You don’t just aim to capture what was in the previous drawing. You don’t aim to equal it. You take it to the next level. Got a strong storyboard pose? Try to make it even stronger in the layout. Then again in the animation and so on. Each artist adding to the energy rather than just repeating or, more likely, losing the energy altogether. And you have to keep doing it. You have to push every drawing actively. The second you stop doing it consciously, the energy fades again.

So I realised this many, many years ago.

What I hadn’t realised at the time, however, is that it applies to far more than just hand-drawn animation. It applies to just about everything. It applies to story. It applies to character. It applies to writing. It applies to directing. It even applies in ways to production systems. You have to keep trying to push things further at every stage. Make them more interesting, stronger, better. And you have to do it consciously and keep reminding yourself to do so. Because the second you stop, things slip. They start to get far less interesting and, eventually, stop working altogether.

So keep pushing it further. Do it at every stage. And use every bump, every criticism, every do-over, every problem as an opportunity to ask yourself how you can push it even further. Do this and you’ll end up with something interesting, better and truly alive.


Very early on in my career, I spent a short time at a games company back in the early Playstation 1 days. Making games required long hours, it seemed, and people stayed at the studio until around 10pm every night. Anyone who dared leave early was judged as they left because it’s hardly fair to leave your comrades working, is it? You have to pull your weight.

But it didn’t take long to notice that most people spent a large amount of their day not working. They chatted about football and Ministry of Sound and DJs. They made lots and lots and lots of tea and others were out for cigarettes every half an hour. It didn’t seem entirely productive. And it was easy to see why. There was a mentality of: well, I’m working late anyway so I can have these breaks and I’m still working hard.

And that rendered the late nights pointless. They were working late for one reason – because a working late culture had crept in. The truth was that nobody really valued the time.

Good time management is essential. And for you to be good at managing time, you have to be aware of its value. Every minute has to mean something to you.

A culture of working productively is fantastic. One of working long is not the same thing. Which is why I’m sure you all know some studio somewhere that has its people working late most nights yet constantly misses deadlines.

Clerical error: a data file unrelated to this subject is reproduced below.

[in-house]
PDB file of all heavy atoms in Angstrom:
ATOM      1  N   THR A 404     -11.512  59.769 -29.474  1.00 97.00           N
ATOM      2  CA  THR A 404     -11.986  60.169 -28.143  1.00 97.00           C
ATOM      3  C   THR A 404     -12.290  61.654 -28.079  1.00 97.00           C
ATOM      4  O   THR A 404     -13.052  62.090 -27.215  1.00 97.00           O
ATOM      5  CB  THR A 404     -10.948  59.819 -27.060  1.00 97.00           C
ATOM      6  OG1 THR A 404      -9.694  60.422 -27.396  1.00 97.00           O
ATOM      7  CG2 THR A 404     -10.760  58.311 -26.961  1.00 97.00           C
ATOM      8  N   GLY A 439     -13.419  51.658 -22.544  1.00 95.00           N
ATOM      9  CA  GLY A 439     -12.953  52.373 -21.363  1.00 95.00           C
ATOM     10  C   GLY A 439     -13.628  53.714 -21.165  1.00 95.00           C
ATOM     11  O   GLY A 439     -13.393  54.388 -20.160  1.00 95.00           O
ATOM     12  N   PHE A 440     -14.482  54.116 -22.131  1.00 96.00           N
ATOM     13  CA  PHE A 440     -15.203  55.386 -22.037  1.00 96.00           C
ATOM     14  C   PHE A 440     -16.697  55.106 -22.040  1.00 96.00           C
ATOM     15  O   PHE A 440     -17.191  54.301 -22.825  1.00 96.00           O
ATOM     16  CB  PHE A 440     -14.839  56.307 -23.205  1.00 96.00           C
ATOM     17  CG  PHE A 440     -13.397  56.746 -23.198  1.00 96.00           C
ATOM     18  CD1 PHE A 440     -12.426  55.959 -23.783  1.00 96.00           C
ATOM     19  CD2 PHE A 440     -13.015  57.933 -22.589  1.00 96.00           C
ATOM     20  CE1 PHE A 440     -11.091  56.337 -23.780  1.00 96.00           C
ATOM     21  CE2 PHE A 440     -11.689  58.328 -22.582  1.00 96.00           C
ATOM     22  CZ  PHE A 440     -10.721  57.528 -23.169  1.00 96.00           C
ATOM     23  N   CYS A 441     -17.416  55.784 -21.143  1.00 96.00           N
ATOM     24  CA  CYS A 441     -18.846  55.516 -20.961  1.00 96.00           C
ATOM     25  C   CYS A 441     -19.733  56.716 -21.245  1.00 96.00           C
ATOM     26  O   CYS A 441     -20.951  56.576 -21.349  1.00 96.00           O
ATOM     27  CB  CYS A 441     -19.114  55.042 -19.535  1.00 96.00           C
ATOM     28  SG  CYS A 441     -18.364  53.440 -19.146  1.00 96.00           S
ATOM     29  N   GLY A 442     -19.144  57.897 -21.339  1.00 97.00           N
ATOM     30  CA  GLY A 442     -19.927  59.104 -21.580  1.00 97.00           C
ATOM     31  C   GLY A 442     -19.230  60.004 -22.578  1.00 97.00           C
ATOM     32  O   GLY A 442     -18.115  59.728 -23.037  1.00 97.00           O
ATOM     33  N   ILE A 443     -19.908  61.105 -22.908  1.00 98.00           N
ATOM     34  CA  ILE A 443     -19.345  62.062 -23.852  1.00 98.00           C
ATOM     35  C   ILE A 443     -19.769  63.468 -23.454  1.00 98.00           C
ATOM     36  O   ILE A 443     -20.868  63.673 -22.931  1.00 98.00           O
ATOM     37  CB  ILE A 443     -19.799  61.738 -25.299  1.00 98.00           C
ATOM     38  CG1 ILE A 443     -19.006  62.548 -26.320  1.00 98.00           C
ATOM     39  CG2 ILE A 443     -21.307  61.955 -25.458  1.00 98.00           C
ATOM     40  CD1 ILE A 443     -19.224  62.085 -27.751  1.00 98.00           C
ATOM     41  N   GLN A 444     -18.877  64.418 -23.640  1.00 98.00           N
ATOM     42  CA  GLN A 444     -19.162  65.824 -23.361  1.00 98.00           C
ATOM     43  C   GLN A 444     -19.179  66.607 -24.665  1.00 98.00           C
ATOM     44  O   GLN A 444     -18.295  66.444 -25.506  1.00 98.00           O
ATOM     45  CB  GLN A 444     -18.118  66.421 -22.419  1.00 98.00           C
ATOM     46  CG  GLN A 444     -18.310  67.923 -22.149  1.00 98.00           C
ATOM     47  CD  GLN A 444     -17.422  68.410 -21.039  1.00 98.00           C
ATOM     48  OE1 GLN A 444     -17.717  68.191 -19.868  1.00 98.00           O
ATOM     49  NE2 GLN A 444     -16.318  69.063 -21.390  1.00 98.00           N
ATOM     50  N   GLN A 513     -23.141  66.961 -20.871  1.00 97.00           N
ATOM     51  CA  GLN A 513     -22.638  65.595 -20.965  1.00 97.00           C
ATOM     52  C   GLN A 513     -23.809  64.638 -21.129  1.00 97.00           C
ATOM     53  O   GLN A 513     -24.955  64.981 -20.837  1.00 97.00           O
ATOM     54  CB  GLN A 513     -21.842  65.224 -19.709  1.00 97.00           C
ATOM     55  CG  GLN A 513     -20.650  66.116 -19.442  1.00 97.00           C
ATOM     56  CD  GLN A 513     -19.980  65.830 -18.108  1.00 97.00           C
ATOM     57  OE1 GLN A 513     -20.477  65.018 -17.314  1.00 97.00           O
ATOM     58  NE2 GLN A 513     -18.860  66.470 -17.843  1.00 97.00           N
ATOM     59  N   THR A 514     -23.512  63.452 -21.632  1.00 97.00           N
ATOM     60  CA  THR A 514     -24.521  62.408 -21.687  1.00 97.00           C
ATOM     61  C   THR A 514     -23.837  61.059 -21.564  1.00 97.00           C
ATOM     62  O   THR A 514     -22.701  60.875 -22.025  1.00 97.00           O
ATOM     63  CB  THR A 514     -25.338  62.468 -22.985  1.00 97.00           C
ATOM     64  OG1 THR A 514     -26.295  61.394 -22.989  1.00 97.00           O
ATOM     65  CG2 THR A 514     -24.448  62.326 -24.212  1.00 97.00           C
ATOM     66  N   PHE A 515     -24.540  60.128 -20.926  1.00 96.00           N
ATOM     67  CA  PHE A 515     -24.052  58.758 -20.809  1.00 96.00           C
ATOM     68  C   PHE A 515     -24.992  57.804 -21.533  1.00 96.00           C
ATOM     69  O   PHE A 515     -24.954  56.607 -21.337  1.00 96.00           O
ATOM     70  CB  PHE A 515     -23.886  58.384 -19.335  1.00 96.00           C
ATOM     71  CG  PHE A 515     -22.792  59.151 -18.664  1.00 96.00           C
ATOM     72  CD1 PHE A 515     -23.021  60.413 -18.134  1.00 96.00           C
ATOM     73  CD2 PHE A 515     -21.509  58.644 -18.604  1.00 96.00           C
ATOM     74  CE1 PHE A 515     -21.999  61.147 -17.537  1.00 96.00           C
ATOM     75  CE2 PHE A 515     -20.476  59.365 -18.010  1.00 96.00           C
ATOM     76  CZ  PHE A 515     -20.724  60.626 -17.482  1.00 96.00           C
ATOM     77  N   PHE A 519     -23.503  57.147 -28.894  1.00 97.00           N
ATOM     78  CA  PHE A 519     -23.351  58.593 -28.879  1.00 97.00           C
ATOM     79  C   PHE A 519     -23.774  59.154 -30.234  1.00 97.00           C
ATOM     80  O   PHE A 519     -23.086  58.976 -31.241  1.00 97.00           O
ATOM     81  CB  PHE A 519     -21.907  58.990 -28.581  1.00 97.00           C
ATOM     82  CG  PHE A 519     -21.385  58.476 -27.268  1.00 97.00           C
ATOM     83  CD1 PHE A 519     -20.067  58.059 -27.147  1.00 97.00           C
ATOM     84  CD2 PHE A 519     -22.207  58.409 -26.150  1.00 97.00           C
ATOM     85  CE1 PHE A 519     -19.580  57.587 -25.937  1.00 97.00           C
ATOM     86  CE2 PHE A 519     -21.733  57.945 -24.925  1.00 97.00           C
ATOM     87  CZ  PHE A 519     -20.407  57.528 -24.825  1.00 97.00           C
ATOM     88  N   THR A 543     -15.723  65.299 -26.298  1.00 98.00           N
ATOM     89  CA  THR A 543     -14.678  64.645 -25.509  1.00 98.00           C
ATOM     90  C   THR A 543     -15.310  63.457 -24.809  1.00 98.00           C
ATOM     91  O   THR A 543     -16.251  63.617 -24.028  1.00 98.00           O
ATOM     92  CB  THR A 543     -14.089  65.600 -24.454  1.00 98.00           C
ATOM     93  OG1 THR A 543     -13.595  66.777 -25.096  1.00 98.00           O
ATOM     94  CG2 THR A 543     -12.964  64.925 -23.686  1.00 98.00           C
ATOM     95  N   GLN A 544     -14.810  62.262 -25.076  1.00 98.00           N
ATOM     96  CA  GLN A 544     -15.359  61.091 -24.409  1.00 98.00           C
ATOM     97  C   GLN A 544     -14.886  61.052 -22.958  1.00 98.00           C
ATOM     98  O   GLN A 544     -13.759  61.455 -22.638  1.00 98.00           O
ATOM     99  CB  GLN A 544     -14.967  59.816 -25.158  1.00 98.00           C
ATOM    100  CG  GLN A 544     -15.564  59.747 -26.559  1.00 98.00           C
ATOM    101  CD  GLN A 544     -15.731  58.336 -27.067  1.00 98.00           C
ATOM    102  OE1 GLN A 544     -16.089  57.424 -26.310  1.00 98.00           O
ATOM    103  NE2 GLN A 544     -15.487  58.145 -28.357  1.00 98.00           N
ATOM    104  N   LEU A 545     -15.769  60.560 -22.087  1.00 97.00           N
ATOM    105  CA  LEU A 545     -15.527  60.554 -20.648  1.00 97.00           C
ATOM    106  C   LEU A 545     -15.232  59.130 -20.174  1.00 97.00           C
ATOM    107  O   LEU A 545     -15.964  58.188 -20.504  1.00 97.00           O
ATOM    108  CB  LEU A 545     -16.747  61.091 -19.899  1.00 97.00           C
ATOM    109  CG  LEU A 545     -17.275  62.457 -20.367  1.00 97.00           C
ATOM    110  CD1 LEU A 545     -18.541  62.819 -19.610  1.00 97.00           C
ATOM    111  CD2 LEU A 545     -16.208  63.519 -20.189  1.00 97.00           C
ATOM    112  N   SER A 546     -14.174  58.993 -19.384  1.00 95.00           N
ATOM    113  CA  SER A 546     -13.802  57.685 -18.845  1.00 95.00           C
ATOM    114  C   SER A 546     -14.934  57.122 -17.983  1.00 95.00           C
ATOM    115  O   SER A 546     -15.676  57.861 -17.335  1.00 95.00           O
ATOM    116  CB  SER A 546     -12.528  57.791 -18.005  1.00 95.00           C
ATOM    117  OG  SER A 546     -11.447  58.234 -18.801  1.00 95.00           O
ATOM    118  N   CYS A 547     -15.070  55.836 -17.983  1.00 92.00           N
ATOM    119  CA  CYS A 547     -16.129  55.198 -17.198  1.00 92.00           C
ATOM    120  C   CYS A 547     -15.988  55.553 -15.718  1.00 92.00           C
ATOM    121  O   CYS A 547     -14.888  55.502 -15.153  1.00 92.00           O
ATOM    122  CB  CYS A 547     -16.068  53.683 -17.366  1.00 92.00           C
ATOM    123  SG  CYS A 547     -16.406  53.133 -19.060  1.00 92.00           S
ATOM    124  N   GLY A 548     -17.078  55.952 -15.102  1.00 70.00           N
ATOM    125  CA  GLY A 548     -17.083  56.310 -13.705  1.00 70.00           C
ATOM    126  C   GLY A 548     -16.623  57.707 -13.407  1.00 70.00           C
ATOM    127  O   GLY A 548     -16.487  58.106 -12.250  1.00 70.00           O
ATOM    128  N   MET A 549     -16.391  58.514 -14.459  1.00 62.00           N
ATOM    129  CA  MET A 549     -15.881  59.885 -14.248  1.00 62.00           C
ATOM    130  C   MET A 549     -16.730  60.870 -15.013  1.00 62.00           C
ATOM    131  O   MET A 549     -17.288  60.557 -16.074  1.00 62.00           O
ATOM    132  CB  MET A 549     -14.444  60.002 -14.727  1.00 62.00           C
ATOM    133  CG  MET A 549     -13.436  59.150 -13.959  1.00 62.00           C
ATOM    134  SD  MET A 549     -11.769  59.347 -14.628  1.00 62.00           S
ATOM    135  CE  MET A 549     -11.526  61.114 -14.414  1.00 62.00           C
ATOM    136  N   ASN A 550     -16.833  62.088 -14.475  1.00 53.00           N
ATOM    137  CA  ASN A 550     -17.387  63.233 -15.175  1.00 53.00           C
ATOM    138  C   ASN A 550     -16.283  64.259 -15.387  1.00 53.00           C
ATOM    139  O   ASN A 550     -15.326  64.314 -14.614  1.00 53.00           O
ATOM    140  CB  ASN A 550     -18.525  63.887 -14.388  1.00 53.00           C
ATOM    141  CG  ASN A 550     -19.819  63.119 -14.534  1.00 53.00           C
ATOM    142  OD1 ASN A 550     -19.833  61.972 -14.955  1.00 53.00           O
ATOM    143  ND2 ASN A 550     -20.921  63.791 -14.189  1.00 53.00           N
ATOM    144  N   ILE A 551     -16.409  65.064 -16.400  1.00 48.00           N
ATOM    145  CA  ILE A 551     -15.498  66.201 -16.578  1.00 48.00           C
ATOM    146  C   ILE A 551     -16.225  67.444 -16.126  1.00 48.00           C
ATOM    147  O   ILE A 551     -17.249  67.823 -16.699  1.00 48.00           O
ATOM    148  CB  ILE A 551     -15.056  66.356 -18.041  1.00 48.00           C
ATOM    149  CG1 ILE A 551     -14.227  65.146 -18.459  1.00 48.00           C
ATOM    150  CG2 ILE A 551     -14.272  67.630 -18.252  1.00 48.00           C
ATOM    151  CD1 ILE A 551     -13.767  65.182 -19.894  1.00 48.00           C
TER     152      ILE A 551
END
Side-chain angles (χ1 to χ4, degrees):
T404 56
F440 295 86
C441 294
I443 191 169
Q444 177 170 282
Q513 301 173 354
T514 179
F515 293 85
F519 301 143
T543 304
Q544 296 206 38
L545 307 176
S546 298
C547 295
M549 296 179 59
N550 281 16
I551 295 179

All time must be assigned a value. It’s how we can manage development and it’s certainly how we can manage production – juggling stories, scripts, animatics, animation, sound, editing and more on multiple episodes at once. And if things go wrong, the values assigned to specific blocks of time must be reassessed and redistributed. When you have solved that problem and are back on track, you then reassign the values yet again so that you’re not spending time doing things that now aren’t needed. None of that happens if you don’t value time as a precious commodity.

You also have to be aware that the same activities can carry different values in different situations. For example, wandering around a house with a coffee can be essential think time for a writer. For a train driver, it means they have skipped work and there are a lot of angry people waiting on a platform somewhere.

The same rules don’t always apply.

So to achieve good time management and get stuff done, appreciate the value of time. Evaluate and reevaluate it. Never take it for granted and never just slip into the habit of using it up for the hell of it.

One last thing: it is also imperative that you don’t take the time of others for granted too. Value their time. If you send someone a work email on a Sunday, for example, and it doesn’t go frontloaded with an apology you’re effectively saying you don’t value their weekend time unless it’s about a project you are both working on together and have agreed to communicate on over those periods. Even if they are choosing to work, that’s their time (thank them for that later). Draft the mail and send it on Monday. If you do have your team working the weekend, feel bad about it. Really. That will help you get better at managing the situation to avoid it happening in future. The worst thing is that you start to take it for granted. Because when the value of time slips, so will effectiveness and productivity.

Time must be valued and treated as sacred for you and everyone else to stay productive. And if that’s not reason enough, keep in mind that it eventually runs out for all of us. You’ll want to feel you used it wisely.